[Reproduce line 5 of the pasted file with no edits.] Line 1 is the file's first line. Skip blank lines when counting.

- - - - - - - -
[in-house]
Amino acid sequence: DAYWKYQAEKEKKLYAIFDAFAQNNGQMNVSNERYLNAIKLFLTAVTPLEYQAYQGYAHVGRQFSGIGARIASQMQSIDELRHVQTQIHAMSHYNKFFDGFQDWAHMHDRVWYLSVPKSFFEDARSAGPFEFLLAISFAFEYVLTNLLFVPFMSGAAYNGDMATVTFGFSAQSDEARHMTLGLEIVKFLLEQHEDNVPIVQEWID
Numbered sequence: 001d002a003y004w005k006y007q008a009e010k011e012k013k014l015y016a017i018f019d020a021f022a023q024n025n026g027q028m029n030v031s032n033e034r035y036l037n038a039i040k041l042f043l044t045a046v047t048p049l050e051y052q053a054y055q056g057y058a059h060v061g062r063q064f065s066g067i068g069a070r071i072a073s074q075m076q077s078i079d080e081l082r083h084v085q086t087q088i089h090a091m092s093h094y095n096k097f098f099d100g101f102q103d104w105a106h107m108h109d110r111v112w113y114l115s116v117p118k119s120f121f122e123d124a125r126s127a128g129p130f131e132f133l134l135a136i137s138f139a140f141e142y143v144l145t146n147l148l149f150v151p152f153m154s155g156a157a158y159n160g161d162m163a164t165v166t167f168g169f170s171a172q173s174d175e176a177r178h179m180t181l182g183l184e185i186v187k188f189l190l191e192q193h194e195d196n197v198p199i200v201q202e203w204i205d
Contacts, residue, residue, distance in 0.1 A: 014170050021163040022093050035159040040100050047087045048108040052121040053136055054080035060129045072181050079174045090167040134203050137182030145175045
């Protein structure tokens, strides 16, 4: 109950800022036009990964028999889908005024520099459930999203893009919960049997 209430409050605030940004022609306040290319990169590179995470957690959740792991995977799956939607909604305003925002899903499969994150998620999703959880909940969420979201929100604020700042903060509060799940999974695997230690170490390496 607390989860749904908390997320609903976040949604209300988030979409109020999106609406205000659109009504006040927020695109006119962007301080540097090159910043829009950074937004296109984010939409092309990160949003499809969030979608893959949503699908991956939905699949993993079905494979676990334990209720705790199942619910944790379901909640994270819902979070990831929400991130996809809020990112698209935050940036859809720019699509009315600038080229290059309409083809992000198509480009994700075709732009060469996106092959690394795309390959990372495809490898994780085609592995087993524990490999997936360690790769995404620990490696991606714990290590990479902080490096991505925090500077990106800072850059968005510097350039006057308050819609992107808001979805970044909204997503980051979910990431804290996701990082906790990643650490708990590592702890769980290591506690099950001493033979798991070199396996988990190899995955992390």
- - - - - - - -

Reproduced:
């Protein structure tokens, strides 16, 4: 109950800022036009990964028999889908005024520099459930999203893009919960049997 209430409050605030940004022609306040290319990169590179995470957690959740792991995977799956939607909604305003925002899903499969994150998620999703959880909940969420979201929100604020700042903060509060799940999974695997230690170490390496 607390989860749904908390997320609903976040949604209300988030979409109020999106609406205000659109009504006040927020695109006119962007301080540097090159910043829009950074937004296109984010939409092309990160949003499809969030979608893959949503699908991956939905699949993993079905494979676990334990209720705790199942619910944790379901909640994270819902979070990831929400991130996809809020990112698209935050940036859809720019699509009315600038080229290059309409083809992000198509480009994700075709732009060469996106092959690394795309390959990372495809490898994780085609592995087993524990490999997936360690790769995404620990490696991606714990290590990479902080490096991505925090500077990106800072850059968005510097350039006057308050819609992107808001979805970044909204997503980051979910990431804290996701990082906790990643650490708990590592702890769980290591506690099950001493033979798991070199396996988990190899995955992390």